2.4.1 The closest prior art for assessing inventive step is normally a prior art document disclosing subject-matter conceived for the same purpose or aiming at the same objective as the claimed invention and having the most relevant technical features in common. Since claim 1 pertains to a process for producing TAIC, the Board considers D4 to represent the closest prior art. D4 discloses a process for producing TAIC by subjecting TAC to a rearrangement reaction.
2.4.2 The subject-matter of claim 1 of the main request differs from the process of D4 by the steps of producing TAC by reaction of cyanuric chloride with allyl alcohol followed by the stirring treatment as defined in claim 1. The subject-matter of claim 1 additionally differs from the process of D4 in that the total amount of compounds (I) and (II) in TAC is not more than 800 ppm, and in that the amount of compound (I) in TAIC is not more than 100 ppm.
2.4.3 The application as filed shows that the stirring treatment leads to TAC with contents in impurities (I) and (II) within the claimed ranges, and that the use of this purified TAC leads to TAIC with low amounts of both (I) and (II). Thus, in comparative example 1, without stirring treatment, TAC with a total amount of compounds (I) and (II) of 910 ppm is obtained, and its rearrangement produces TAIC with 120 ppm compounds (I) and 10 ppm compound (II). In contrast, in example 1, the addition of a stirring treatment at 50 °C using 5% aqueous NaOH for 2 hours leads to less than 10 ppm of the compounds (I) and (II) both in the intermediate TAC and the final TAIC. In example 2, conducting the stirring treatment at 50 °C using 1% aqueous NaOH for 6 hours afforded TAC with 50 ppm compounds (I) and (II), and TAIC with 10 ppm or less for each impurity.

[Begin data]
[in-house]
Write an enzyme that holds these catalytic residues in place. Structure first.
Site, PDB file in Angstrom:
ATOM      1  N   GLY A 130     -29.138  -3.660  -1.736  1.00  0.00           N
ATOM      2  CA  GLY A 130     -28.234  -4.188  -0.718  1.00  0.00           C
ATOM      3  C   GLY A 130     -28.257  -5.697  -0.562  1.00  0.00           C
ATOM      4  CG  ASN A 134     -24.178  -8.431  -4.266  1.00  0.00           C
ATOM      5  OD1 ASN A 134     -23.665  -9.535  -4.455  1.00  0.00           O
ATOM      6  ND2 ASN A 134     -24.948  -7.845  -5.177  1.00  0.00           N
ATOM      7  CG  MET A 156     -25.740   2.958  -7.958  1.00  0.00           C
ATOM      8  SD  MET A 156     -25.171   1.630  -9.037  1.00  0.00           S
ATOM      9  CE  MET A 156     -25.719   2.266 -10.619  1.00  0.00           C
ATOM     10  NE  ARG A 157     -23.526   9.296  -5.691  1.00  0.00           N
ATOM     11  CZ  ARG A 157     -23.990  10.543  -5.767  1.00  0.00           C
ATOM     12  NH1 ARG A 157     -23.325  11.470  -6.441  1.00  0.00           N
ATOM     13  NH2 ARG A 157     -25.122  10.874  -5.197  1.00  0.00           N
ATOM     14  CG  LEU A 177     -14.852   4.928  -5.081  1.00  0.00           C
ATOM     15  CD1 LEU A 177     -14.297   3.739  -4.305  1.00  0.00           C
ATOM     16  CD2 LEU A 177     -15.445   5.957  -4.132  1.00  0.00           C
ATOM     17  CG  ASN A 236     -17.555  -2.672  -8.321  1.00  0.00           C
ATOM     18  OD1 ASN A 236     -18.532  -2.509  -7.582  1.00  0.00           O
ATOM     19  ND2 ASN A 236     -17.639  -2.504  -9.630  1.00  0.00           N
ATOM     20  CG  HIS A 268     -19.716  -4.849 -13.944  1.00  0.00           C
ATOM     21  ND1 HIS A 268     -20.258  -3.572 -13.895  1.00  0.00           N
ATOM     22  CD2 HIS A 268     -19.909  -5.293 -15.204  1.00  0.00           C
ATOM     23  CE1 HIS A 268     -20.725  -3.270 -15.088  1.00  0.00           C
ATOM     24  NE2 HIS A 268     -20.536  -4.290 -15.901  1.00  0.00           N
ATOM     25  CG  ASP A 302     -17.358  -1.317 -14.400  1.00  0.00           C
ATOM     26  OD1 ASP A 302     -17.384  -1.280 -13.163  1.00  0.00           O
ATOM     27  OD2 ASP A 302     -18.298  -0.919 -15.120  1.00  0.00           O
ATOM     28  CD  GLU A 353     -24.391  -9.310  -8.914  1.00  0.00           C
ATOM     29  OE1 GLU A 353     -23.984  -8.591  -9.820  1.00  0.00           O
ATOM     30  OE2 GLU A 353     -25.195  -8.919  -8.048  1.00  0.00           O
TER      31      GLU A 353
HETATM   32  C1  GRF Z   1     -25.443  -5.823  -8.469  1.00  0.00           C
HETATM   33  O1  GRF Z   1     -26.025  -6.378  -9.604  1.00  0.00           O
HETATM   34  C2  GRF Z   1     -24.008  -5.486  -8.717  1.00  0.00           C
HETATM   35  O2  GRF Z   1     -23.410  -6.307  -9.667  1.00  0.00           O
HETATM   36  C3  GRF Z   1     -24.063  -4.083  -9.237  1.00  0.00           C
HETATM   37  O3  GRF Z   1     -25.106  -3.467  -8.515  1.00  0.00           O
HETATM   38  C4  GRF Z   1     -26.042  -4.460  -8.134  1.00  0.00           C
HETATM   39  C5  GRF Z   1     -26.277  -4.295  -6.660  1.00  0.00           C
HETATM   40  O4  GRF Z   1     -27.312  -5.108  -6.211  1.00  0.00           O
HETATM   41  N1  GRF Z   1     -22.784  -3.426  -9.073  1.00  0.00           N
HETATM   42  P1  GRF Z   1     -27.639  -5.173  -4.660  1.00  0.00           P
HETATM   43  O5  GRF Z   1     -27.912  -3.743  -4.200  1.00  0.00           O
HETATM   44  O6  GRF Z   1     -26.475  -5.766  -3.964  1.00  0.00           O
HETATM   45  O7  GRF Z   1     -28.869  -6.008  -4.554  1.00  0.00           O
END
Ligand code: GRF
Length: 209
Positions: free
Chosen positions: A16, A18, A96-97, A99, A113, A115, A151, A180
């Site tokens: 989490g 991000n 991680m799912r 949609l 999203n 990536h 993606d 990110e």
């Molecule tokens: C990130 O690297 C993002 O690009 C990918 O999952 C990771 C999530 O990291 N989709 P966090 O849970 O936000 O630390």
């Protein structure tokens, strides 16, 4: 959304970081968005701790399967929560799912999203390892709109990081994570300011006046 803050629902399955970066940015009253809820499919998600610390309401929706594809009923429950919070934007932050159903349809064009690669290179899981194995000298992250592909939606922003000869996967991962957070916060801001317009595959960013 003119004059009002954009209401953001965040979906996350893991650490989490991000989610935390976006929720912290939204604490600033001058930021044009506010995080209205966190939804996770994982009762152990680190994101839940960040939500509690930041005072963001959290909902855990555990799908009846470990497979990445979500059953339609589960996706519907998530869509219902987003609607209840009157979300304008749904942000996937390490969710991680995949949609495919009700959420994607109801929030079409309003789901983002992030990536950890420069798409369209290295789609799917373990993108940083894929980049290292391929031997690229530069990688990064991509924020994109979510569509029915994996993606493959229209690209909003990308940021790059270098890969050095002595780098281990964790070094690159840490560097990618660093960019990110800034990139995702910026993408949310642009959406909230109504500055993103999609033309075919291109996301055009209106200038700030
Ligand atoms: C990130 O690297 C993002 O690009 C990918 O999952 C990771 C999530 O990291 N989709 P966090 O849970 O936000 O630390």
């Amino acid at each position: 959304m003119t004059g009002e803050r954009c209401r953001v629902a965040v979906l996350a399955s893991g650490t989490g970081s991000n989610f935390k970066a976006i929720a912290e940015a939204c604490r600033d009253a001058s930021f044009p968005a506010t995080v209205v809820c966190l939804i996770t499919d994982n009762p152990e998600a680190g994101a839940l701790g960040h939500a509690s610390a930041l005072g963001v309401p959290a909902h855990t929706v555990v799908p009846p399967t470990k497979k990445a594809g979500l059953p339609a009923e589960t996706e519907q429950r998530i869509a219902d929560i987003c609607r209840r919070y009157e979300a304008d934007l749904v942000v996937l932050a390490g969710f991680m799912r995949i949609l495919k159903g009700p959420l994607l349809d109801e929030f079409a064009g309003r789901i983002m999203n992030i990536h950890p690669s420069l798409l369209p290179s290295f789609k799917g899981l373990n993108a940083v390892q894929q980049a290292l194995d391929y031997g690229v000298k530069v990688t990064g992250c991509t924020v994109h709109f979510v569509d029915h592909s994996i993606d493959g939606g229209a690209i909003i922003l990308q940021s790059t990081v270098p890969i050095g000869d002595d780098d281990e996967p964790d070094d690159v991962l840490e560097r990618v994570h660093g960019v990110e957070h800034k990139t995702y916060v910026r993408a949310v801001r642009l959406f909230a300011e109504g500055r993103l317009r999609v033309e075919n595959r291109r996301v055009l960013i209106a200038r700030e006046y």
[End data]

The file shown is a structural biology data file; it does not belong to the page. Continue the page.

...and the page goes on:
2.4.4 Starting from D4, the objective technical problem is the provision of a process to synthesize TAIC with low content of organic chloro-containing impurities of formulas (I) and (II).
2.4.5 This problem is solved by the process of claim 1 over its whole scope. As explained above (see 2.3.3), claim 1 mandates that the total amount of impurities (I) and (II) in TAC be at most 800 ppm, and there is no reason to doubt that reduced levels of these contaminants in TAC will lead to a final TAIC with also a low level in compounds (I) and (II).